The graveyard was a lovely one. It was somewhere in Massachusetts, one of the older and nicer brand of graveyard that was intended to hold people who had been genuinely loved by those around them. Markers ranged from small, simple plinths with a simple name and set of dates, to headstones, to the occasional tremendous monument, looming over their lesser brethren as an example of conspicuous excess that their owners could no longer benefit from.

I found graveyards both melancholy, and strangely fascinating. A thousand wars were written in the simple numbers here. Wars that, it’s true, were always lost in the end- But that wasn’t the part that mattered, was it? Everyone lost eventually. It was everything that happened before that was wondrous.

Say what you will of Death, she is always punctual. At the stroke of 8 AM, as the sun rose, and the curling fingers of mist began to withdraw under the day’s assault, she appeared. To one who did not know her, she seemed as though she had been standing there all along, only to be revealed when the mist curled back. She was fond of her dramatic touches. Not that I had any room to be critical there.

“War.”

“It’s Bella, now, Death.” I tilted my head. “Perhaps you should try a change of name, too.”

“Oh, yes. I could be Morticia, perhaps. Shinko. Maybe Todd- Oh, no, I used that one, didn’t I?”

“You’re in a mood, aren’t you.”

She opened the picnic basket. “The easier it is to change, Bella, the easier it is to change back. You were always the most determined among us, the one devoted to annihilation of humanity. You had the fervor of a true believer. But if I were to change…” She sighed. “Redemption of one monster is almost beyond belief. Two, three, four? That verges on the trite. You know as well as I do that if this were all as simple as everyone deciding to be kind to one another, to be satisfied with their lot in life, then it would’ve stopped being an issue a long time ago.”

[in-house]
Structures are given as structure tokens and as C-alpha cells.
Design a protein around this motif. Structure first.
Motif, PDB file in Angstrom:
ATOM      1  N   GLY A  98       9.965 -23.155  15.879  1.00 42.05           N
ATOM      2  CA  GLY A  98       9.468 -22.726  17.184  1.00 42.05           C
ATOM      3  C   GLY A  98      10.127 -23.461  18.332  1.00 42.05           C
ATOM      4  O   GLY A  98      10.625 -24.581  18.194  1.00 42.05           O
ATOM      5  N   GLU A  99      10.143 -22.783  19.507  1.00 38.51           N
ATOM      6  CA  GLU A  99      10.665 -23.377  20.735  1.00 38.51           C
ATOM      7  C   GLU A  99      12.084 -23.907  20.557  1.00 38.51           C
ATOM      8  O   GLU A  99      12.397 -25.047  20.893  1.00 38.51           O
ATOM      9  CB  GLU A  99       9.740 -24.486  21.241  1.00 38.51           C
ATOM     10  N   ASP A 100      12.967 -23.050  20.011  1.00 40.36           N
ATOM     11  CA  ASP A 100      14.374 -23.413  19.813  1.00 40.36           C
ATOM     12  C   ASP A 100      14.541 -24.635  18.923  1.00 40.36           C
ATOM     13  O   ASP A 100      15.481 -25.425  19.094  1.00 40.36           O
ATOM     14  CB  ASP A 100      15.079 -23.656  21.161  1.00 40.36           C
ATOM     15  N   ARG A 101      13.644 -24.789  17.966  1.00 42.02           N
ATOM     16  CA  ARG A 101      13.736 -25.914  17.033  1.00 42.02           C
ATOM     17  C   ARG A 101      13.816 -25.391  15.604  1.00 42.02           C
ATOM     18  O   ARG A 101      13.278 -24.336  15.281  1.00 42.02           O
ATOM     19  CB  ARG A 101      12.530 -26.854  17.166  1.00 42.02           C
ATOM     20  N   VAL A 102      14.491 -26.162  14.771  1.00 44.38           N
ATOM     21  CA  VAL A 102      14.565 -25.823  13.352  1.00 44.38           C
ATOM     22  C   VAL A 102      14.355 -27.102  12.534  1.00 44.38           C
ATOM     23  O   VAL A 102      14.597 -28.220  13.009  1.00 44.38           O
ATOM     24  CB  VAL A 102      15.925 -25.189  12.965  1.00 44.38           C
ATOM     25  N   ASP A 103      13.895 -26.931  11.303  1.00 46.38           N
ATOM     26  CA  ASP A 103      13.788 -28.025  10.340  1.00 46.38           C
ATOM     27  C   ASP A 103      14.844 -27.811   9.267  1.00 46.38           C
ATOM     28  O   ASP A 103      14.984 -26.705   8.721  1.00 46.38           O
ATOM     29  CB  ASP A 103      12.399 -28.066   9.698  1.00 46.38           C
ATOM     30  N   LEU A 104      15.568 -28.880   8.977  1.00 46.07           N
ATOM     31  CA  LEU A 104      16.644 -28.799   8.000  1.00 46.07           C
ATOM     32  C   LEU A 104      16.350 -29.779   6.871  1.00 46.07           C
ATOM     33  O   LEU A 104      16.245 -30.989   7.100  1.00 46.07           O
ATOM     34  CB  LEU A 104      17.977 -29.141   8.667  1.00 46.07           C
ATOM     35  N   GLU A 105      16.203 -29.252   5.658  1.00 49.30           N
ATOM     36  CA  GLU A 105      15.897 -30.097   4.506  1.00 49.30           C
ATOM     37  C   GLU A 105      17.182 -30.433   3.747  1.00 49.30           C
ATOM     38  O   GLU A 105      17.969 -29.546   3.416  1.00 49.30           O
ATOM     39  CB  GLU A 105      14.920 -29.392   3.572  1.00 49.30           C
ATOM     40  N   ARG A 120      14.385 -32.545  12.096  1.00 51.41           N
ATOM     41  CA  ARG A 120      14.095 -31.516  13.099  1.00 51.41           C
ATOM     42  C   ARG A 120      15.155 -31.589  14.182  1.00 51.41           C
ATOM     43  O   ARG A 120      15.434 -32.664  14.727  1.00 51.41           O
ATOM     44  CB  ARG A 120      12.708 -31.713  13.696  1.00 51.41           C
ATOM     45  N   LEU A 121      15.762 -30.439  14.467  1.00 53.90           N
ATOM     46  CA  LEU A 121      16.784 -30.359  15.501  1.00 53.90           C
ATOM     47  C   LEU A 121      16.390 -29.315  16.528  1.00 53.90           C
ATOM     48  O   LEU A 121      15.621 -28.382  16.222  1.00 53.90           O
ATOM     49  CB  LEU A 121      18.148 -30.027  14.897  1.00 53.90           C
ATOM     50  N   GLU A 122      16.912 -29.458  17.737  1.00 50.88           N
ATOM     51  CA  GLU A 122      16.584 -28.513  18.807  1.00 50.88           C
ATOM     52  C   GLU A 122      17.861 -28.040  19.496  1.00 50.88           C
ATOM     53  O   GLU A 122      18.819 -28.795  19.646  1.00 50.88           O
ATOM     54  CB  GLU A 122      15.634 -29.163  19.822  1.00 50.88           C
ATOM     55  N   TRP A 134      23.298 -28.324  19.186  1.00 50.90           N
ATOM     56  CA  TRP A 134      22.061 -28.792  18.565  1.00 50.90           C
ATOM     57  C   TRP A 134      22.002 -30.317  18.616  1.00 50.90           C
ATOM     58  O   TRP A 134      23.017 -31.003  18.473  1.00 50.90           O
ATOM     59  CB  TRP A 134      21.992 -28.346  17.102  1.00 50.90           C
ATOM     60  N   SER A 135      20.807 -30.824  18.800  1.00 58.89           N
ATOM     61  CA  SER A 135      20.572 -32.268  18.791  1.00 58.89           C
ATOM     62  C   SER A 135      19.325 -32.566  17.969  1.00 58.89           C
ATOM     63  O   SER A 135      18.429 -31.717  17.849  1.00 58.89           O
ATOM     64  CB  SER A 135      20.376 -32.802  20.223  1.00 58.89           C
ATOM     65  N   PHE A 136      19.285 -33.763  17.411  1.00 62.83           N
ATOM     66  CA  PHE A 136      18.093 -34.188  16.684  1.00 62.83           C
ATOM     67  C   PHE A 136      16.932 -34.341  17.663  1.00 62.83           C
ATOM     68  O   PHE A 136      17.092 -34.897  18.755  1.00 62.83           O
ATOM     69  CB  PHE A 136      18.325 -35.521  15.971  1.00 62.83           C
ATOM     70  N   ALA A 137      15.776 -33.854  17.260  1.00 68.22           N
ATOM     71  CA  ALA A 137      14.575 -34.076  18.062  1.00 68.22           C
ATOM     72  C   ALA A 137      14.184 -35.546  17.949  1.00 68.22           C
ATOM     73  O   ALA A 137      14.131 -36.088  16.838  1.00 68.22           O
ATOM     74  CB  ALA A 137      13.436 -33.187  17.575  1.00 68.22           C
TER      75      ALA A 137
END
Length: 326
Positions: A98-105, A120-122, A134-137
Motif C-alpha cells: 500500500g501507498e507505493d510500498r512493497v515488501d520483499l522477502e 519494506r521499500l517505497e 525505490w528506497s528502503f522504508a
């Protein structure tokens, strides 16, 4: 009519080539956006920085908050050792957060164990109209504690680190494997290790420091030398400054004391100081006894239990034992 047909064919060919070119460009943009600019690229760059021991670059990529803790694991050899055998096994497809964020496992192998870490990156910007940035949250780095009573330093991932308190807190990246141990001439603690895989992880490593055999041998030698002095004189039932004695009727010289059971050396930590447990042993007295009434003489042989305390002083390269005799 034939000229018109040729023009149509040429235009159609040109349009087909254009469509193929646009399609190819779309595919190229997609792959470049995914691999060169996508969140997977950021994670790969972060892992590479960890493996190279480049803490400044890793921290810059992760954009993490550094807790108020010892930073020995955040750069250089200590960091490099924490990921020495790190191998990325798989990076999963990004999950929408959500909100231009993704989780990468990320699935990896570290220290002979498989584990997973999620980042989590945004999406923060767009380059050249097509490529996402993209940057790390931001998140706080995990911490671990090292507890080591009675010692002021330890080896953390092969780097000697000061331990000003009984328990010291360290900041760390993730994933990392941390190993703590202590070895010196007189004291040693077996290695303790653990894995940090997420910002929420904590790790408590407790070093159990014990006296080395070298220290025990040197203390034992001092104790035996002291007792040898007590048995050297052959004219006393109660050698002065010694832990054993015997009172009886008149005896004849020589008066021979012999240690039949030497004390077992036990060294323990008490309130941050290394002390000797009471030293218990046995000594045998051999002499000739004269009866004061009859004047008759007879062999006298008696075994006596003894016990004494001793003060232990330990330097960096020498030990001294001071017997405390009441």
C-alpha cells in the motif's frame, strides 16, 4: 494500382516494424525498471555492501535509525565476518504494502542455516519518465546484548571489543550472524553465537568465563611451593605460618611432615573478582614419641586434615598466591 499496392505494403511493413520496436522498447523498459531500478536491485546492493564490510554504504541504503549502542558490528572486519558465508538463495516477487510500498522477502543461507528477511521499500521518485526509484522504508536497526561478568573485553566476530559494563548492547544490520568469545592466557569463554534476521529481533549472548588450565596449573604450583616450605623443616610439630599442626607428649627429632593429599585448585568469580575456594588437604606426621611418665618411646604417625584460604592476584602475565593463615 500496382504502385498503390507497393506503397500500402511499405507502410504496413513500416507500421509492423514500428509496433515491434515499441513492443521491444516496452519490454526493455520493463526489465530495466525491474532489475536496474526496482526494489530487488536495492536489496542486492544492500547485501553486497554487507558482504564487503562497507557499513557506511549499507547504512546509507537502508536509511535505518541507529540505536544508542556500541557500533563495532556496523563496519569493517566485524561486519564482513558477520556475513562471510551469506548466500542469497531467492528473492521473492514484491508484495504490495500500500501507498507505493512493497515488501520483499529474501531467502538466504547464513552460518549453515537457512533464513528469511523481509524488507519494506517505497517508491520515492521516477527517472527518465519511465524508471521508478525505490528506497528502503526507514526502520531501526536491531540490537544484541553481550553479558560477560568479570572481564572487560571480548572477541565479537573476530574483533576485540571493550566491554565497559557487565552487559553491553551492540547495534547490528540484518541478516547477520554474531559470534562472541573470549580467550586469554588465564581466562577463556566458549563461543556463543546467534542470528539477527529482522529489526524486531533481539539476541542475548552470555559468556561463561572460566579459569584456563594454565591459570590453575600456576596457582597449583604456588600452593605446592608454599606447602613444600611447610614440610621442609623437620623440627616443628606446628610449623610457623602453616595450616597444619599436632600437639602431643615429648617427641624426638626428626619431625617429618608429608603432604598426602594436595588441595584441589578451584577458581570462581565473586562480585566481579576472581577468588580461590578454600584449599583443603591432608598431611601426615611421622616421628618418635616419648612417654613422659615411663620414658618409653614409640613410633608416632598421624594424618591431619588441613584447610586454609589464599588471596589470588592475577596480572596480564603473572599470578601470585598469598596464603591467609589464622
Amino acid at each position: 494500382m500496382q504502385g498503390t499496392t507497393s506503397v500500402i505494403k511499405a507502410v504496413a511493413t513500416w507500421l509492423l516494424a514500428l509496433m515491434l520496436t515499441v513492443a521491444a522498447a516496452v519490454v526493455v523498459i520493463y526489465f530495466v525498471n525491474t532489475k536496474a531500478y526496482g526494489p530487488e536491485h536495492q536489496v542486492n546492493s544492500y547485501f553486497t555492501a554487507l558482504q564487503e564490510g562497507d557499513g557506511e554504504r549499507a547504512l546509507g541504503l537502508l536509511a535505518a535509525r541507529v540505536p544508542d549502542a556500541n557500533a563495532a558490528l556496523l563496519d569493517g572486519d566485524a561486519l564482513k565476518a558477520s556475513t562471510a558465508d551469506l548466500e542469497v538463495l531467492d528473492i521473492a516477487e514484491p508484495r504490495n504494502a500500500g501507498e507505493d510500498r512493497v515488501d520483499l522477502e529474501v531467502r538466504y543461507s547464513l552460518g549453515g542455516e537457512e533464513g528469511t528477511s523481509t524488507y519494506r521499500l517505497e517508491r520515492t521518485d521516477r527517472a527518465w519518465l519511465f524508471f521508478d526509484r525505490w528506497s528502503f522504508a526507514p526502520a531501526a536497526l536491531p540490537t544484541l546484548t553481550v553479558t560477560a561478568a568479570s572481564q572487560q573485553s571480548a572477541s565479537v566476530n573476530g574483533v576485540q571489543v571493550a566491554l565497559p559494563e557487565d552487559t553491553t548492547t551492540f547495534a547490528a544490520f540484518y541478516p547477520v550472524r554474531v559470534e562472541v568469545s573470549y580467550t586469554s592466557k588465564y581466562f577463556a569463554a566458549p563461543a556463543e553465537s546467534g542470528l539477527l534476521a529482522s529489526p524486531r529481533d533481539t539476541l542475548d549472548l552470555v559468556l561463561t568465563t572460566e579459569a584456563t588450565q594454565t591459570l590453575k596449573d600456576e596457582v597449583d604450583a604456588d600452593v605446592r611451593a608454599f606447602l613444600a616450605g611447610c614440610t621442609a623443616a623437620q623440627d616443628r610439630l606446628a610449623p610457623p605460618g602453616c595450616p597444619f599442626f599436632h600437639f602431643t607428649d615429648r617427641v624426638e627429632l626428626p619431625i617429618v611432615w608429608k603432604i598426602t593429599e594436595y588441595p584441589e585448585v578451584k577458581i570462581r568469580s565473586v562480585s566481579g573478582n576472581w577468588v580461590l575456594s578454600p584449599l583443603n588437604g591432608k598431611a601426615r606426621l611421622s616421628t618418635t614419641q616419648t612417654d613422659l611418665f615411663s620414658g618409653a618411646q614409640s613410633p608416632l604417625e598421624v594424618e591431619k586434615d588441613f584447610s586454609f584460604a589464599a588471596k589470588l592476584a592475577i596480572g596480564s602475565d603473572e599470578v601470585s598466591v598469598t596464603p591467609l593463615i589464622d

“I just wish it could be easier.”

“I’ll have my chance for redemption. Now. I didn’t invite you here to talk the end of the world. That old conversation is like a well-chewed bone. I invited you here to enjoy some wine with me, and a little brunch.”

“Mmmm.” I studied the basket. “Nice selection.” I looked around us. “Can’t say I care for the atmosphere, though. This place is dead.”

Death gave me a long, contemplative look, her expression muted.

“What?”

“You never used to make those jokes,” she said, her eyes not… judgmental, exactly, but seeking something in me.

“I always made those jokes. I always hinted. A scream for attention, I like to think. He…” I smiled slightly. “Nash mocked me for it, once. That I had chosen a name that almost screamed at my true nature. He always seemed to find it amusing. The hints that the powerful leave, because they think it doesn’t matter, and because they desperately want someone to realize how clever, how powerful they really were.” I chuckled softly. “If he had been there, he probably would have laughed his head off at your little prank.”

“Well, it so often works. Who would be so madly self-centered as to believe that the fundament of War, of Death, of Famine, of Conquest, is paying you a personal visit? They’re such big, impersonal ideas. It’s the audacity that makes the names work. People are so… unused to the fantastic, now. They let themselves become so small.”

“It’s changing,” I said. “You’ve seen it, haven’t you? The Atlanteans returning… Who would have thought they would abandon their hidey-hole and join the great big world? You remember when they fled, don’t you?”